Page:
H�loise between. We had scarcely sat down, when he began. How beautiful
the table looked, and what taste in the flowers! Upon which H�loise
said, that they _were_ lovely, and were the arrangement of her "_ch�re
petite belle-soeur!_" and she smiled angelically at Victorine, who
looked down with conscious pride. Then H�loise said that it was a great
joy in life to have the absorbing love of flowers as Victorine had! and
I could not help laughing, because Victorine doesn't know one from
another, and would not even help me this morning. The Marquis looked
and looked at me when I laughed, and then lifting his glass of _vin
ordinaire_, he said: "Les belles dents rendent gai." Wasn't it nice of
him? I think it is hard he should be tied to Victorine. He talked to me
all the time after that, across H�loise, and considering she told me to
be agreeable to him, I don't see why she should have been annoyed.
After breakfast--which we left as usual arm-in-arm--we sat in the
salon, while the Marquis and Jean went back to smoke. It was appalling!
If Victorine had been a four-legged cat, she would have spit at me, but
fortunately the two-legged ones can't spit in drawing-rooms, so I
escaped. The Baronne, after a good deal of manoeuvring, got by me near
the window, and then said in a distinct voice, "Ma petite ch�rie j'ai
trop chaud, donnez-moi votre bras un instant;" and so we got outside on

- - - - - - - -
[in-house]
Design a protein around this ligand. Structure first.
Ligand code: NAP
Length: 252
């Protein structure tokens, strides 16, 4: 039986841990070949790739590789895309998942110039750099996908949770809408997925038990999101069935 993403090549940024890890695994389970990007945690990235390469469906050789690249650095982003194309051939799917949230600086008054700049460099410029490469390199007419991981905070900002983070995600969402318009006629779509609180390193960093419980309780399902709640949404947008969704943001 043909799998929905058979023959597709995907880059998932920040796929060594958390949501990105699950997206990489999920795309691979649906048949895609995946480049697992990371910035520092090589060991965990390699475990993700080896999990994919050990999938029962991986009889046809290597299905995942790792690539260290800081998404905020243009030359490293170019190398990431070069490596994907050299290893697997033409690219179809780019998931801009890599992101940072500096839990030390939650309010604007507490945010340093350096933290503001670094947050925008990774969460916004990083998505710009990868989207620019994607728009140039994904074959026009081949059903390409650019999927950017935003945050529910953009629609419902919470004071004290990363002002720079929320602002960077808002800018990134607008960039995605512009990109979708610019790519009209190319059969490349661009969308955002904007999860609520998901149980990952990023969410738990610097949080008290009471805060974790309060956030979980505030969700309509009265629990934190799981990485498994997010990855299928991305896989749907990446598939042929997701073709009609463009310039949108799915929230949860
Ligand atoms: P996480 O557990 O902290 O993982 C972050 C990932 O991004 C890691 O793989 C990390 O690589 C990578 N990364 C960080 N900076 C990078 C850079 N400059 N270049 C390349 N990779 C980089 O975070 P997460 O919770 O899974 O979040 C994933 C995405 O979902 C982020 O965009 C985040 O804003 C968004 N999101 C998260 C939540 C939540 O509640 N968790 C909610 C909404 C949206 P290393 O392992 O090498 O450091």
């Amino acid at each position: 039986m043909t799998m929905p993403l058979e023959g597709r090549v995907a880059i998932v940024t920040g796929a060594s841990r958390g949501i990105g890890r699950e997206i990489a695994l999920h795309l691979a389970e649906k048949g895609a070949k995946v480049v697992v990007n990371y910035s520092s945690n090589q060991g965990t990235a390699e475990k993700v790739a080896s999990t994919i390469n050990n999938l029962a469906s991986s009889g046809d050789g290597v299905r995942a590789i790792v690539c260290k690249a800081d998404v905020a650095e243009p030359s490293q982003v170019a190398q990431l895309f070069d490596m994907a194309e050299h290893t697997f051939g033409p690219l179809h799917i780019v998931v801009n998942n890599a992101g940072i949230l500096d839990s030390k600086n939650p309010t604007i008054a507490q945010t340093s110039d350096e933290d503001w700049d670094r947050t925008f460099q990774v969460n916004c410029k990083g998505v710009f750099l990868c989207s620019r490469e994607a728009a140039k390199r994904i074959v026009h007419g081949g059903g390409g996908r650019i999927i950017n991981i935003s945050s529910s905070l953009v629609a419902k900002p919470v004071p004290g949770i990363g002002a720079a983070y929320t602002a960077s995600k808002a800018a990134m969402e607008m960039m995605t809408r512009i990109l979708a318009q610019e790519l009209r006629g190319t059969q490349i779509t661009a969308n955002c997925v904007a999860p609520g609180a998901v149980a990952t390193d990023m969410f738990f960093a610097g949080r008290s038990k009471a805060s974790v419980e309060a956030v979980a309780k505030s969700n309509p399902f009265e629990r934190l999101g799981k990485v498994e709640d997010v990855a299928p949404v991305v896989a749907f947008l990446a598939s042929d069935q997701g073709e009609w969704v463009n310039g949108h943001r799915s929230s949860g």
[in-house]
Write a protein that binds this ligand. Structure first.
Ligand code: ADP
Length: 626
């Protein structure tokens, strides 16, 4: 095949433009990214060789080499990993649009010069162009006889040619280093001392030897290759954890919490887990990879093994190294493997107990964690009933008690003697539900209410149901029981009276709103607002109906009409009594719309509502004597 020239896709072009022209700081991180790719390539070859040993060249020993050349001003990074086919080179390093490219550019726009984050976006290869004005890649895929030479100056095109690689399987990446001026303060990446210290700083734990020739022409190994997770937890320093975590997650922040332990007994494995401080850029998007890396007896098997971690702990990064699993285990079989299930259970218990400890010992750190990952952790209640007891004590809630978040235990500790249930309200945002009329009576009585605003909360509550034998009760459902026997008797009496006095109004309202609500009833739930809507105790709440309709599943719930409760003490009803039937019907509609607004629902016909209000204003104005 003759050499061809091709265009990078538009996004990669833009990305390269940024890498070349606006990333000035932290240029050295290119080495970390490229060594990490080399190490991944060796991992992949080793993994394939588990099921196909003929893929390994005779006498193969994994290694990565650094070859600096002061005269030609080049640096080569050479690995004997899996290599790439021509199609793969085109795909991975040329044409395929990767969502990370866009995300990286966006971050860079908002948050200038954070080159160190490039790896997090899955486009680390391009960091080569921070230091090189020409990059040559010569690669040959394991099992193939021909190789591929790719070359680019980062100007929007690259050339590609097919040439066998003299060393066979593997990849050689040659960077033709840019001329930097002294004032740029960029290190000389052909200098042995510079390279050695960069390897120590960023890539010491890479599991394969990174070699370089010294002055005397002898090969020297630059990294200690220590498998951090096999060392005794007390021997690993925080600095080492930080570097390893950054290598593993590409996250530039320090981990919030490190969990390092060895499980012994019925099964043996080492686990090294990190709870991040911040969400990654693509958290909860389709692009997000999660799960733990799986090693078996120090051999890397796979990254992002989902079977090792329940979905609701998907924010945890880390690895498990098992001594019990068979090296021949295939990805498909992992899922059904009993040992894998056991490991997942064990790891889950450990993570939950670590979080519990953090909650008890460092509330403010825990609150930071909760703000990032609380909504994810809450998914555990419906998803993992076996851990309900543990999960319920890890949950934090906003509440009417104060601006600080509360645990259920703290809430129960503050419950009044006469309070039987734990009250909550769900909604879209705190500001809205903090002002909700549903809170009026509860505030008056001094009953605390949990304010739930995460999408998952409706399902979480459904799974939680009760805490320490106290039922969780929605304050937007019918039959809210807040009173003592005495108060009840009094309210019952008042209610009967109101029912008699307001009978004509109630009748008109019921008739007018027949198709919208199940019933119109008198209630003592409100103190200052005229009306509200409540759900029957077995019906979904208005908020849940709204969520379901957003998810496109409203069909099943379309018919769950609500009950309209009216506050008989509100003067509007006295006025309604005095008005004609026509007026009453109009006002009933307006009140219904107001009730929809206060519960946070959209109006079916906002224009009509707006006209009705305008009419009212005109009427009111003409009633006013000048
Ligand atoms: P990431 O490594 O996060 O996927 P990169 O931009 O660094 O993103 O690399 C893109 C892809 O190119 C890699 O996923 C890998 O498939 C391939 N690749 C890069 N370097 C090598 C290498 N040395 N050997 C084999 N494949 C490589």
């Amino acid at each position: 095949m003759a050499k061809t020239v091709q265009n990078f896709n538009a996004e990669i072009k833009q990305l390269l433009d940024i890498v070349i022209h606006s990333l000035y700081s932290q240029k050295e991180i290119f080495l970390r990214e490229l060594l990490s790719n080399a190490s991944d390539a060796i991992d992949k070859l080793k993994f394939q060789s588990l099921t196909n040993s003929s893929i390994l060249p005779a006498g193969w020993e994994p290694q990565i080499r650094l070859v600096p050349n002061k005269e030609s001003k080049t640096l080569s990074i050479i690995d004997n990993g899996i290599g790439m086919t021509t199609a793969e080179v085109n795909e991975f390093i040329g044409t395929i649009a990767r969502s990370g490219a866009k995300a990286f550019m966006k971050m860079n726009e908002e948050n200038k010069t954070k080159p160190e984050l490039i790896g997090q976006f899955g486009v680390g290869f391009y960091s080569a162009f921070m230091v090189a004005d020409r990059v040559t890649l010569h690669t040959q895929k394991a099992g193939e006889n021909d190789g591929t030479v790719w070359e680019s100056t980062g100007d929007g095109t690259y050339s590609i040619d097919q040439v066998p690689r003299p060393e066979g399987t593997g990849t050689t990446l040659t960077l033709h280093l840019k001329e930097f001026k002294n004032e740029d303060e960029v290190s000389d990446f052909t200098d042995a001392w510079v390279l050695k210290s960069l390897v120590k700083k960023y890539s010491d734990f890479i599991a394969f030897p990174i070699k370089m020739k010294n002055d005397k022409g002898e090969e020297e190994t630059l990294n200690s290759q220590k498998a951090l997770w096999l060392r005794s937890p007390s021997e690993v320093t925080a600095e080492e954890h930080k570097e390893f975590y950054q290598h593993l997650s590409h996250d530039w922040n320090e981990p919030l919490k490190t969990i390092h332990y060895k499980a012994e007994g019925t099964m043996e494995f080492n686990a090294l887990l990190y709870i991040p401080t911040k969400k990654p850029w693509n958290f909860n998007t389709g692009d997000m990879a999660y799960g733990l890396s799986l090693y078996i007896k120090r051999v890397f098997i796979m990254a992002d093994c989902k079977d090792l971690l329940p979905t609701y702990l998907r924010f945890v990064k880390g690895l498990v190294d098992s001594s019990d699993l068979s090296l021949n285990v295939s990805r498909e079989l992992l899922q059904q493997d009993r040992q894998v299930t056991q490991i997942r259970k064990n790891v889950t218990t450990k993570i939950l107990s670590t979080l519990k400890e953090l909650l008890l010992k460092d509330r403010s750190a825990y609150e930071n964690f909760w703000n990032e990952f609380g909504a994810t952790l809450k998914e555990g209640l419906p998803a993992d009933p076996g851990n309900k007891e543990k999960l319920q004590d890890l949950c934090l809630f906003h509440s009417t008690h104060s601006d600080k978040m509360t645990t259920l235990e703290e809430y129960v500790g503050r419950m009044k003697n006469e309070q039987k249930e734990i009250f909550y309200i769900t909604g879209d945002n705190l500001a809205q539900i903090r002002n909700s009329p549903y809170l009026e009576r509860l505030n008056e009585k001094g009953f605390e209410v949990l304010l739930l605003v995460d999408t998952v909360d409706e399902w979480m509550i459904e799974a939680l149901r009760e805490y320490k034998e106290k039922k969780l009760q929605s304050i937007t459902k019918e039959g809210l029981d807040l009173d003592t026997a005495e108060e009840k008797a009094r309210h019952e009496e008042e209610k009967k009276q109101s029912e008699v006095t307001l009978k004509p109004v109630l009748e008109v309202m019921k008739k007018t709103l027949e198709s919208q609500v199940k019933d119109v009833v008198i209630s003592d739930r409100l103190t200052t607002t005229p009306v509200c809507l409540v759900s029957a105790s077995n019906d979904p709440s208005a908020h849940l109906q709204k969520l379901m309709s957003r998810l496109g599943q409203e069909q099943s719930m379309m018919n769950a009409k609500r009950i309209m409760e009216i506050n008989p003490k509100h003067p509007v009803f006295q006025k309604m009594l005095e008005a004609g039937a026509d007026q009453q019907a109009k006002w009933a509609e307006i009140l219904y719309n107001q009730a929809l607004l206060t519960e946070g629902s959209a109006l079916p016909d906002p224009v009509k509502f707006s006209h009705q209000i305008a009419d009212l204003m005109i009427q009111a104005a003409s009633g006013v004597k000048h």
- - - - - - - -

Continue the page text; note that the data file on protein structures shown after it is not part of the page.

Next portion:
the terrace, where the huge orange trees in pots stand.
[Sidenote: _A Lecture on Duty_]
As soon as we were out of earshot, she began to scold me. Why had I
attracted the Marquis? how naughty of me, when it was essential his
debts should be paid, etc., etc. If she had not been so nice, I should
have been furious, and you can see, Mamma, how impossible to understand
them it is; to be told one moment to be nice, and then, when one is, to
be scolded! I just said as respectfully as I could, that I had done
nothing, and that H�loise had told me to do it, and the reason why.
That made the Baronne think a little. I am sure she wished for the
advice of Hippolyte; but the end of it was, that she asked me how much
_dot_ you were going to allow me! I said I did not know, and that
seemed to stump her. At last she said she supposed, as we were people
of consideration, and that I was the only child, it would be something
considerable. I do believe, Mamma, she was thinking that I might do
for the Marquis! It was only a question of having his debts paid--any
one who could do that would answer. It did make me _cross_, just as if
I would dream of marrying into a nation that eats badly, and doesn't
have a bath except to be smart. Think of always having to shout across
the table, day after day, and never to be able to do anything except by